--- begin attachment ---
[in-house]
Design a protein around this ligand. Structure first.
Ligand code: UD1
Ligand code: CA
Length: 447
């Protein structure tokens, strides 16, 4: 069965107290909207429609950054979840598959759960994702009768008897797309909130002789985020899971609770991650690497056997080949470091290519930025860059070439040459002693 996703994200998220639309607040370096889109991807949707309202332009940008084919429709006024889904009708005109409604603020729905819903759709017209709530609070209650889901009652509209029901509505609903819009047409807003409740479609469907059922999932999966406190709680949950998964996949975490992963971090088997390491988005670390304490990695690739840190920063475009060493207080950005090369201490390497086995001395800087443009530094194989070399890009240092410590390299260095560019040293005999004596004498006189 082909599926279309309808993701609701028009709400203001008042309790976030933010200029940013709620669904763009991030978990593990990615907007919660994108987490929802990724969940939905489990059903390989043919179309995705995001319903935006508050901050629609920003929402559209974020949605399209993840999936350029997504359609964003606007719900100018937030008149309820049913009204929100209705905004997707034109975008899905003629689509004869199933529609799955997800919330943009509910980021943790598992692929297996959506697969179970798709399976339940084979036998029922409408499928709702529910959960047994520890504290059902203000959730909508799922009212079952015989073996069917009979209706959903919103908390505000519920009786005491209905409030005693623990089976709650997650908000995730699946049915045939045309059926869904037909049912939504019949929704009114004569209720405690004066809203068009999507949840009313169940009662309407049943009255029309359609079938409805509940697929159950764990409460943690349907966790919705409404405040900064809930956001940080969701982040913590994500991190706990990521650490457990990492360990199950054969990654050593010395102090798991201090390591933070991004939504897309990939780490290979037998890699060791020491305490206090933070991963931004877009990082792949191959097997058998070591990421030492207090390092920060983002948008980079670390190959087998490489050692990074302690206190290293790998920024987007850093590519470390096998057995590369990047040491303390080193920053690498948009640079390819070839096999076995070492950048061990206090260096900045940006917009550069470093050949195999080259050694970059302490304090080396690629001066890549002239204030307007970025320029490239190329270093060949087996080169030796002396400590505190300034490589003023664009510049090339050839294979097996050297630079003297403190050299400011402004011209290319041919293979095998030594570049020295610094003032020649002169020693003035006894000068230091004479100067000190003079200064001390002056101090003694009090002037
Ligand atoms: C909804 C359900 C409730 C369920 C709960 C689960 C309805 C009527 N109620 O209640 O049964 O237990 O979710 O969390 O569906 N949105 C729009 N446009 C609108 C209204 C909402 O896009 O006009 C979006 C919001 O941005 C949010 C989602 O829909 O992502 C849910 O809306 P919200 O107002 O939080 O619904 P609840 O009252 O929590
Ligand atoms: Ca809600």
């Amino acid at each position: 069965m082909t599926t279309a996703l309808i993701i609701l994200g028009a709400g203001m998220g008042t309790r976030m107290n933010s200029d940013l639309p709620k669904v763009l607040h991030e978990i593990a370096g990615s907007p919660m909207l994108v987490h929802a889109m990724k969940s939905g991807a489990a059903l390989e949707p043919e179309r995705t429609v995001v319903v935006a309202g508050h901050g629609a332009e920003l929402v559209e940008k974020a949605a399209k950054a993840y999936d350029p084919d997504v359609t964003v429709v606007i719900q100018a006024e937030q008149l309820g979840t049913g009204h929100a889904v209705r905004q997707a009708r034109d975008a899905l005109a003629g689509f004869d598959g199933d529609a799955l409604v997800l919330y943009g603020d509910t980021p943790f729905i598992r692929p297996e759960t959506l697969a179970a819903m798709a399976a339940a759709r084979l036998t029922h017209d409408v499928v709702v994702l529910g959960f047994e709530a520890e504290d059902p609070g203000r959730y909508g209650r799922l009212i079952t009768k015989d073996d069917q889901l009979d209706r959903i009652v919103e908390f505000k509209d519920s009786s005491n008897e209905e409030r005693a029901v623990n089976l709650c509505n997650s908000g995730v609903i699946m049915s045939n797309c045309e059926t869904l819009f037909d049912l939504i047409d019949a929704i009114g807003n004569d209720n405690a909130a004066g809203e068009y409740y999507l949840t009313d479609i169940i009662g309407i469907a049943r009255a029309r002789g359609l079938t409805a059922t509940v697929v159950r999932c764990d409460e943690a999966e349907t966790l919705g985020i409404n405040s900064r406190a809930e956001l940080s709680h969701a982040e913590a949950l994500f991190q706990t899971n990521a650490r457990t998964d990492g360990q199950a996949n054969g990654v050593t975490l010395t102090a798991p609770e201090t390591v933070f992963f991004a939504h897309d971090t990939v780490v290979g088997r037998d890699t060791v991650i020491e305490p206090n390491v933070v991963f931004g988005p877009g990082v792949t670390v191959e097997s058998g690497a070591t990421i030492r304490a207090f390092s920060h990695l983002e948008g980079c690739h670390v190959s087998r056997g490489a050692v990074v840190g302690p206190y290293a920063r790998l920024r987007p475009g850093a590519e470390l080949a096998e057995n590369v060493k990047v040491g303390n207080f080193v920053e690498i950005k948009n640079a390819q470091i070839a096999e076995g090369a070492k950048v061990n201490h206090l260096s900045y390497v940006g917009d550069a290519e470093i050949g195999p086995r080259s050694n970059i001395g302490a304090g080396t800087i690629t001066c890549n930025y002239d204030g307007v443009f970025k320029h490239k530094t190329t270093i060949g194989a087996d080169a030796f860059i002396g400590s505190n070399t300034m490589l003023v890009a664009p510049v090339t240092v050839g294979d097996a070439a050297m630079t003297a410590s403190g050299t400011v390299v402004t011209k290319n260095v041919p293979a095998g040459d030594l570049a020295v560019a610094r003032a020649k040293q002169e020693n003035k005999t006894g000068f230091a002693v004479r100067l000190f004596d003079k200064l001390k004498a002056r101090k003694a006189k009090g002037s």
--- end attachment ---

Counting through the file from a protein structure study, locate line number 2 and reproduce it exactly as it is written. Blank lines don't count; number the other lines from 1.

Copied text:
Design a protein around this ligand. Structure first.